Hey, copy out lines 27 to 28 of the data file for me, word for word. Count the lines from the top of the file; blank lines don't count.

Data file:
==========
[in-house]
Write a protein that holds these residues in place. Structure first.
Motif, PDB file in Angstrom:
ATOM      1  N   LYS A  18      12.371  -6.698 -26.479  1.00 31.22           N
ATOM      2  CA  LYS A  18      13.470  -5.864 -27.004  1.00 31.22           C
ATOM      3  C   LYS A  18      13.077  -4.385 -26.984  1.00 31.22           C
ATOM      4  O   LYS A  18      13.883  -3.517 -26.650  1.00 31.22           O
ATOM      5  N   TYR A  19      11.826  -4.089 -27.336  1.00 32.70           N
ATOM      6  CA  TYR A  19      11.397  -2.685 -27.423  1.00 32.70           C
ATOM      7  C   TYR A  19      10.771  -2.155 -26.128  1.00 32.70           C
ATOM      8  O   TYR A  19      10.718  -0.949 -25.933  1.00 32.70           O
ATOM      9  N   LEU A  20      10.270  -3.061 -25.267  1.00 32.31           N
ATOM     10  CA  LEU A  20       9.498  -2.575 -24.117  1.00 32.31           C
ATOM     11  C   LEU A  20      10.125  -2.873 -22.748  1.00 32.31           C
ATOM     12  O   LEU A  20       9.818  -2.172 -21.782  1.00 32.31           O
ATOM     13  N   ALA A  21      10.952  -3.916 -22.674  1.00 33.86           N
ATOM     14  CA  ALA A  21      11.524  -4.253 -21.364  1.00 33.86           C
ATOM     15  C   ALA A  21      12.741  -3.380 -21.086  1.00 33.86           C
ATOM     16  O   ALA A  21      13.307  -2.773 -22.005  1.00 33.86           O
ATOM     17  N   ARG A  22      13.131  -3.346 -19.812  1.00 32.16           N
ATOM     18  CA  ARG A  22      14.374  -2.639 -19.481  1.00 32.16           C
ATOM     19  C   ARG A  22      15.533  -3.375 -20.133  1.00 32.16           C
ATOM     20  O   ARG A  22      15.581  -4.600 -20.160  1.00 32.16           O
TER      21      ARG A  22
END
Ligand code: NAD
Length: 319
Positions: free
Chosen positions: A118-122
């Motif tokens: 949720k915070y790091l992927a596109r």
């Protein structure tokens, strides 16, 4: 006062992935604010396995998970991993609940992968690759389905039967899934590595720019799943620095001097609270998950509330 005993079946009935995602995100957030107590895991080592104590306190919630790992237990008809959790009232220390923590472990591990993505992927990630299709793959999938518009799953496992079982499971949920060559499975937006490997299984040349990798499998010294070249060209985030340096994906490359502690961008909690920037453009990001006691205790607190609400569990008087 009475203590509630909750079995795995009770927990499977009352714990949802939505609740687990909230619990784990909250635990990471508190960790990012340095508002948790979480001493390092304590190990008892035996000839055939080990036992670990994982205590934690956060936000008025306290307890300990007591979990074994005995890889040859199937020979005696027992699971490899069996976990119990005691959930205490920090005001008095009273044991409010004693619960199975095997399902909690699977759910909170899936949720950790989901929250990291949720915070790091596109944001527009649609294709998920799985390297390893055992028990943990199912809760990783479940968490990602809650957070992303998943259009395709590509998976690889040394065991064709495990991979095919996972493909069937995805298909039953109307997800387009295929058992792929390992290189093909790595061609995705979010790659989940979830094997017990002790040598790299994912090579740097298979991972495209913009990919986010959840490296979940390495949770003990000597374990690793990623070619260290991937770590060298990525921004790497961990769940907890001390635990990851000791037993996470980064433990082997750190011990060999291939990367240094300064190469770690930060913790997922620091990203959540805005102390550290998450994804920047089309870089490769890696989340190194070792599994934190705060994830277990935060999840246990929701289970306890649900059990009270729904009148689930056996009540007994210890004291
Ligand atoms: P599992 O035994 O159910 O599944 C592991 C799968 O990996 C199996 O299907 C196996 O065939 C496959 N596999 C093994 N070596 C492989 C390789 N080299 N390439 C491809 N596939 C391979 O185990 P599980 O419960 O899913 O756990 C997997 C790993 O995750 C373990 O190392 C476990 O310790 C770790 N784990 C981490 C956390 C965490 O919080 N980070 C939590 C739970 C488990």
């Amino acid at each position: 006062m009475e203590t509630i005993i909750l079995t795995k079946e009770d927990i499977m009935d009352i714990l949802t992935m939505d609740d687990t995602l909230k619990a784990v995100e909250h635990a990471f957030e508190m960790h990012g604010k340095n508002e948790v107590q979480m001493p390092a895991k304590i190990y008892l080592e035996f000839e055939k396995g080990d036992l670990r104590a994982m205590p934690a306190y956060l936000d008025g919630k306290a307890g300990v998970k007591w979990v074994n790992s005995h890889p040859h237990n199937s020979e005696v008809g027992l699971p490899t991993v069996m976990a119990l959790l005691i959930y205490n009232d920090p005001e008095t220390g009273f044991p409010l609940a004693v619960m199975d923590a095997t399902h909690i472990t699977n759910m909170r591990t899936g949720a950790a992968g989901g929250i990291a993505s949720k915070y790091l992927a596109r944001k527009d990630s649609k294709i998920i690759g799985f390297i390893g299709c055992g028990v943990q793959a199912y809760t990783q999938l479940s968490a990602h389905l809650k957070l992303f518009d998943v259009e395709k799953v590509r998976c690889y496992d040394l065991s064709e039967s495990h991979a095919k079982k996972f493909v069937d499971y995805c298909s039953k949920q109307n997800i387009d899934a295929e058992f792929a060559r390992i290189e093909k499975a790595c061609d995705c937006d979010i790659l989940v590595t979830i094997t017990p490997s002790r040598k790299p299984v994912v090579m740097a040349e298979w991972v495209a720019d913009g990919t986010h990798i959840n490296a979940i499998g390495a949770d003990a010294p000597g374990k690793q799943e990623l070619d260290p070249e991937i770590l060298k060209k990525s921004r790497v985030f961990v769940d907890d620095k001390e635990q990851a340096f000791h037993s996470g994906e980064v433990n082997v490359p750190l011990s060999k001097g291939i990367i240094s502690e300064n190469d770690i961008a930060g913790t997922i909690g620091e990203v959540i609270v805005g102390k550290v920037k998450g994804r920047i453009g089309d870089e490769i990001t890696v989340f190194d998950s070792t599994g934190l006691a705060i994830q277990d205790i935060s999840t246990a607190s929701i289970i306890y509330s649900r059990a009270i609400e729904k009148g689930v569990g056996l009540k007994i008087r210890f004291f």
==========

Length: 319
Positions: free